A U.S. judge yesterday backed Apple's request to stop Samsung Electronics selling their Galaxy Tab 10.1 tablet in the United States. This could have ramifications worldwide for Samsung as Apple chalk up a victory in the patent wars.
Apple have had little challenge in the tablet sector since they announced their iPad several years ago. Samsung's Galaxy tablets are considered by many experts to be the closest thing they have to a rival, although their sales figures are a very distant second. Amazon's Kindle Fire has sold quite well for the company, although they aren't causing problems for Apple either.
Microsoft and Google are preparing their own tablet computers to challenge Apple. Apple currently hold around 63 percent of the global tablet market, according to reports from research firm Display Search. They sold 13.6 million iPads between January and March this year. Samsung by comparison sold 1.6 million tablets, holding 7.5 percent of the market.
U.S. District Judge Lucy Koh in San Jose, California has previously denied the Apple request for an injuction on the Samsung tablet alongside a handful of Galaxy smartphones. A Federal appeals court however instructed Koh to reconsider Apple's request on the tablet ban.
Koh wrote yesterday “Although Samsung has a right to compete, it does not have a right to compete unfairly, by flooding the market with infringing products.” He said the order should become effective once Apple posts a $2.6 million bond to protect against damages suffered by Samsung if the injunction is later negated.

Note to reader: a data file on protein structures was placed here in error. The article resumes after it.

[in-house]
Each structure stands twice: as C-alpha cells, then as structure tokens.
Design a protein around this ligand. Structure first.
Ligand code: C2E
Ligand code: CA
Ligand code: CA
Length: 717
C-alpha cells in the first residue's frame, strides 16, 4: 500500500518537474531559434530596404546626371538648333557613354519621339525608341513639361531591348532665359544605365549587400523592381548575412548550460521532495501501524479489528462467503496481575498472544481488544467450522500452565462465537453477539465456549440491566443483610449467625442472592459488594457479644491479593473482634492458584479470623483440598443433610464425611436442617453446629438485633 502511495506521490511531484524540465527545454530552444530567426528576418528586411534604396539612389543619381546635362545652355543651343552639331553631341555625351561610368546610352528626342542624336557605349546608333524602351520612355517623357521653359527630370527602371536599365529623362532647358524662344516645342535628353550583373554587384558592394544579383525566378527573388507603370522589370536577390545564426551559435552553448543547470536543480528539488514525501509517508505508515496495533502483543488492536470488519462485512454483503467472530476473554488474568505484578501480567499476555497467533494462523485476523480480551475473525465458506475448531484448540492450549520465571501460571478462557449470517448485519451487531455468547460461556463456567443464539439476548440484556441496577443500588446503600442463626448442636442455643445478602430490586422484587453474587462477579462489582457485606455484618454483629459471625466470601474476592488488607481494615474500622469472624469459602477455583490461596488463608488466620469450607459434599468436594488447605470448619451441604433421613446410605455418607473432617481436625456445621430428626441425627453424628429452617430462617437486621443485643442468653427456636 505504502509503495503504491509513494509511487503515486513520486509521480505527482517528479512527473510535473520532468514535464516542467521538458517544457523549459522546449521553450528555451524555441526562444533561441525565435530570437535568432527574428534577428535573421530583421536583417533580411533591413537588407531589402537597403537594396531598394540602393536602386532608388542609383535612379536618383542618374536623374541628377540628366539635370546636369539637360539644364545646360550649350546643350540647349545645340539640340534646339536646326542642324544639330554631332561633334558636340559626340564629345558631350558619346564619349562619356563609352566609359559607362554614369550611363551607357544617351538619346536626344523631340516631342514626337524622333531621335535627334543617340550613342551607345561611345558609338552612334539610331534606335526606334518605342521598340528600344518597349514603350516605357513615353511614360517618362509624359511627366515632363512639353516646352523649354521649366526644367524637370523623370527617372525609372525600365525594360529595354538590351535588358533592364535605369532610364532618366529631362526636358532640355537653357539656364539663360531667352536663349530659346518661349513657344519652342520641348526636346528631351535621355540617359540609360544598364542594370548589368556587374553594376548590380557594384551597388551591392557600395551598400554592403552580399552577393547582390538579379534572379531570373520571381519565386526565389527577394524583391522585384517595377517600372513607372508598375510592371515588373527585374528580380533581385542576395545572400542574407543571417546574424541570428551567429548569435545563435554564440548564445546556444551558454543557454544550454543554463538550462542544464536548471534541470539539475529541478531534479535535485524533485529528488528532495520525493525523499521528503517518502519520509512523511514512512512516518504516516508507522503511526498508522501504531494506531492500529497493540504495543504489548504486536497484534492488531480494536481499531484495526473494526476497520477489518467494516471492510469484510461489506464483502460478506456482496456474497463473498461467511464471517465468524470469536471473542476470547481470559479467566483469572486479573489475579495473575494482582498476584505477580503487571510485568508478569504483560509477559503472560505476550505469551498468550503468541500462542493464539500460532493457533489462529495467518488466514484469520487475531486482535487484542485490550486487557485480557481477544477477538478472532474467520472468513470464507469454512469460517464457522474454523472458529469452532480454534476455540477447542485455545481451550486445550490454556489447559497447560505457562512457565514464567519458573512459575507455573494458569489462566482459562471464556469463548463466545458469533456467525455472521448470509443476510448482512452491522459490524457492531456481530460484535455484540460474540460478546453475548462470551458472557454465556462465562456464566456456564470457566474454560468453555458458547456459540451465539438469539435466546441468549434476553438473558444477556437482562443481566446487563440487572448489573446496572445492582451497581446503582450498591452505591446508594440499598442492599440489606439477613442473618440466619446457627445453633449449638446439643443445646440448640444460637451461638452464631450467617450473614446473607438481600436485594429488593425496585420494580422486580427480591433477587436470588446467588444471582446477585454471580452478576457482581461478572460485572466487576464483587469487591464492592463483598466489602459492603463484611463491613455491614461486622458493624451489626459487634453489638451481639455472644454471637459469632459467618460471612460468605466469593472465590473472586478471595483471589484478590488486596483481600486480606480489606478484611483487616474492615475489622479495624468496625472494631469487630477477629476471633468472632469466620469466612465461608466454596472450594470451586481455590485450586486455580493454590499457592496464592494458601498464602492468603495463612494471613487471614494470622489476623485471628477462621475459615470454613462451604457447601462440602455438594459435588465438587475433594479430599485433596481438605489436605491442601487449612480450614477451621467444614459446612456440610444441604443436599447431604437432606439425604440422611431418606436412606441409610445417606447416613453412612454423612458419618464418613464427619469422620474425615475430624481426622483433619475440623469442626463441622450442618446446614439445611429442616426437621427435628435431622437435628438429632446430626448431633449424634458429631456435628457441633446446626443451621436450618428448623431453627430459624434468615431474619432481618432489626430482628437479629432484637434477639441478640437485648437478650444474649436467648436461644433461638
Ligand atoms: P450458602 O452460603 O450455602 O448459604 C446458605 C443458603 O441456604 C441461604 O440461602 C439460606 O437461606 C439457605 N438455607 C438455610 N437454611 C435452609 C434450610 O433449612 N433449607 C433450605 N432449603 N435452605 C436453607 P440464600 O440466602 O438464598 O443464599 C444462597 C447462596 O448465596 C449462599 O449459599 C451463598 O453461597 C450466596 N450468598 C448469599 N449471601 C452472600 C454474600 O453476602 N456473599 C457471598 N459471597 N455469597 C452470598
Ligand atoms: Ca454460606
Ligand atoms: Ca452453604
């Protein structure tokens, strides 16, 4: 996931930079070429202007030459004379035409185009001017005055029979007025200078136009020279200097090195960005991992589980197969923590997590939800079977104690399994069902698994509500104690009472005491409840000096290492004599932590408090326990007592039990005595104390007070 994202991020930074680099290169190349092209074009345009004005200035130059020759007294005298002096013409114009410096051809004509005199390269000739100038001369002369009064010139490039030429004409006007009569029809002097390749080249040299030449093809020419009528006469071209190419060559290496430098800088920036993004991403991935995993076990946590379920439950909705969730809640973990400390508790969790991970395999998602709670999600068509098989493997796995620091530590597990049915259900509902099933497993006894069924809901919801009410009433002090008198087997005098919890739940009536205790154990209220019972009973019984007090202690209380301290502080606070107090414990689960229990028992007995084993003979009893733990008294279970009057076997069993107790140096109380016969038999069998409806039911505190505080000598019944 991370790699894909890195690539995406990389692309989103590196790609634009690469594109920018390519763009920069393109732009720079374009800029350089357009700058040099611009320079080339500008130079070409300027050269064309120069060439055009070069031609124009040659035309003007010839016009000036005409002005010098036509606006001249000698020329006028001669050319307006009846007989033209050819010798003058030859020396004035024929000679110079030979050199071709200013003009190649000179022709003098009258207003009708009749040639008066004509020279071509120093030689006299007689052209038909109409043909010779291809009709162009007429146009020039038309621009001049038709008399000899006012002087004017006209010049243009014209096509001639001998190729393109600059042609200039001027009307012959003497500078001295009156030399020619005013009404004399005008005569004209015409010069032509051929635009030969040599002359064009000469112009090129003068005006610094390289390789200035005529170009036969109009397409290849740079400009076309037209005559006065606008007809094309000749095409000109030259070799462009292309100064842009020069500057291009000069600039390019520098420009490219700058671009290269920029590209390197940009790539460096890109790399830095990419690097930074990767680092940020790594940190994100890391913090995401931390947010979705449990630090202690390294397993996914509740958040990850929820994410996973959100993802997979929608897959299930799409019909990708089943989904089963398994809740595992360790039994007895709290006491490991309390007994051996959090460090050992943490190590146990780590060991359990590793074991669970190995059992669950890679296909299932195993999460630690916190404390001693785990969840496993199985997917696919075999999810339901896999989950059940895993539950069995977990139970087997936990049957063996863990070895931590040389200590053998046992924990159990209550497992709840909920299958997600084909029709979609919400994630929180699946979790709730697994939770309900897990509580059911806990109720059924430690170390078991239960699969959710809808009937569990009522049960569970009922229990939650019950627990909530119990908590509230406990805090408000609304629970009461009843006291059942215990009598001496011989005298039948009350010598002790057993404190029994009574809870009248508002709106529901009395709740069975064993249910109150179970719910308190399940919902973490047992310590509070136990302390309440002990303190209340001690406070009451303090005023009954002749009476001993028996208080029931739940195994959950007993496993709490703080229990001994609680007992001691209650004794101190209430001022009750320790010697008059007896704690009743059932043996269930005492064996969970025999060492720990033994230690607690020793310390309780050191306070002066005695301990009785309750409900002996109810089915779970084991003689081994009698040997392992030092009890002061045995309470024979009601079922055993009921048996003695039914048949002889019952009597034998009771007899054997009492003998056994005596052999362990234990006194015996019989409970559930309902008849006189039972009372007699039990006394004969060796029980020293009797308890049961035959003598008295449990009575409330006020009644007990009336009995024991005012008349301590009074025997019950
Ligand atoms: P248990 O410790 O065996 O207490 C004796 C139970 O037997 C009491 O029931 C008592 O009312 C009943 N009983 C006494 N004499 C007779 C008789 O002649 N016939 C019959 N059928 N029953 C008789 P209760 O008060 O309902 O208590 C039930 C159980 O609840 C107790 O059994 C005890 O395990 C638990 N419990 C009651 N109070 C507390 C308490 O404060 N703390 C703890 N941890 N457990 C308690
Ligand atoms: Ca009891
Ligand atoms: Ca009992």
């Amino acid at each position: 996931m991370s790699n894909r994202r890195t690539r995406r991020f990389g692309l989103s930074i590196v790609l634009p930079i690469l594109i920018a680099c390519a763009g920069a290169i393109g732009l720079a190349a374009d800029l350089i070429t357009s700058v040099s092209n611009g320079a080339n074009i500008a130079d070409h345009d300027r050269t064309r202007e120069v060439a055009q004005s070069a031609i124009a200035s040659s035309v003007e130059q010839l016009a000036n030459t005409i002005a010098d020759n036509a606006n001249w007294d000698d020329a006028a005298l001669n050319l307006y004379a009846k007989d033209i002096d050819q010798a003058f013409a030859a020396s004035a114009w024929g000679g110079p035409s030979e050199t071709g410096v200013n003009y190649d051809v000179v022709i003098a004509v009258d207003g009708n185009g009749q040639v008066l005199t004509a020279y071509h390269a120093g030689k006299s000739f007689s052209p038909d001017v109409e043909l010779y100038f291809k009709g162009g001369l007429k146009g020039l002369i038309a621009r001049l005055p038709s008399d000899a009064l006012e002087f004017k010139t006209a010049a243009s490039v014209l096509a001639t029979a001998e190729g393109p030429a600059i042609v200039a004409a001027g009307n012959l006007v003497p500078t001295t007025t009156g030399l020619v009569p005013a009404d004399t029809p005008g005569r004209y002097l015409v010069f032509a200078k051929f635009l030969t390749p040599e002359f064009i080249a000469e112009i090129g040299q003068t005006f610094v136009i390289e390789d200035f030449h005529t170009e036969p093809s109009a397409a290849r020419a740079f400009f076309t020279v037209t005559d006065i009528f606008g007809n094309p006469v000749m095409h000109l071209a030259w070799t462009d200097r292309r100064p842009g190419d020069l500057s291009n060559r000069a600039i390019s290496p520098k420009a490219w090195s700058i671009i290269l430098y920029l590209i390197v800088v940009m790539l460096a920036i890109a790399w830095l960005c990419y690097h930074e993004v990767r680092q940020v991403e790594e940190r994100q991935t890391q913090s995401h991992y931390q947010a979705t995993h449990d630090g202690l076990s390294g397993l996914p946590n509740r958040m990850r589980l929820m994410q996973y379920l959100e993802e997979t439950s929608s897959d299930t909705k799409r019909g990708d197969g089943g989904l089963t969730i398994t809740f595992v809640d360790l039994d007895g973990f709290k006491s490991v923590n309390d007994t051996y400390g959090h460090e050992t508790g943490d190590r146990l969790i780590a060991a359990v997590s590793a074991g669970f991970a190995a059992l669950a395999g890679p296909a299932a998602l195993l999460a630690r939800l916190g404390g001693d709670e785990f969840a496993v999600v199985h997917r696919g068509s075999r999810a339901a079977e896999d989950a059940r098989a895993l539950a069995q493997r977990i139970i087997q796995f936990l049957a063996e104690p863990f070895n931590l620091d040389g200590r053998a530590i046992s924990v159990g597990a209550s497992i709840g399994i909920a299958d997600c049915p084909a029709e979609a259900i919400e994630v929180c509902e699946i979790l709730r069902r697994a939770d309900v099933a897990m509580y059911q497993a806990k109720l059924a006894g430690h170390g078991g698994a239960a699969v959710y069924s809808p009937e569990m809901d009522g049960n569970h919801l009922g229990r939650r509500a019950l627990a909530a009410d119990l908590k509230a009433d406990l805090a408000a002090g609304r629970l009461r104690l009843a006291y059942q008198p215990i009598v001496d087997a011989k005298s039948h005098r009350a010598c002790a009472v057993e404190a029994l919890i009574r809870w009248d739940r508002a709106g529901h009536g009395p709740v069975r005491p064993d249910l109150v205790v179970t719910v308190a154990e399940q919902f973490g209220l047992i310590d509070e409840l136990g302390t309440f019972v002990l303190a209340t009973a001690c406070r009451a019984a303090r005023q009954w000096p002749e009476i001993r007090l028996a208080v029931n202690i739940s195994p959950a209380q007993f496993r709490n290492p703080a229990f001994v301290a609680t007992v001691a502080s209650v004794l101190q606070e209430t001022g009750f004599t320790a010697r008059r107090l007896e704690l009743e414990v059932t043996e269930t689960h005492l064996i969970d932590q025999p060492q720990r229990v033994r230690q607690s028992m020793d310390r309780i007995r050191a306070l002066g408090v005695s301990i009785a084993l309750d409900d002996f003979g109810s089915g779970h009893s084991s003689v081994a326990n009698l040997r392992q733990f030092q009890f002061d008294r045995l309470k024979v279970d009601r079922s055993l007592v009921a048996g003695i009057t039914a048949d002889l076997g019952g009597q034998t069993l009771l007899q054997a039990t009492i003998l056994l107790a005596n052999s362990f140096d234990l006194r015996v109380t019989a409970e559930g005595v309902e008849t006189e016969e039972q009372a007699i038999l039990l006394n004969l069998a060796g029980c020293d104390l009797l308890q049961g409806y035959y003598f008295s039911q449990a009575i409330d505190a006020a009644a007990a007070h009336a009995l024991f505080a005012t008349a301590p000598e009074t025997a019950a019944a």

Apple and Samsung are in the middle of patent battles worldwide. Apple seek to target Android partners and a positive injunction in one of the U.S. legal cases could strengthen Apple's hand in negotiating cross licensing deals.
Apple's stance on patent claims has been seen as aggressive in certain circles and this injunction could be critical although Samsung will likely appeal the ruling to a federal appeals court in Washington, D.C.
Apple spokeswoman Kristin Huguet said that Samsung's ‘blatant copying' is wrong.
Samsung said that the U.S. ruling does not affect the updated Tab 10.1 II and that retailers can also clear their existing Tab 10.1 inventories.
Kitguru says: We can't see this battle easing anytime soon.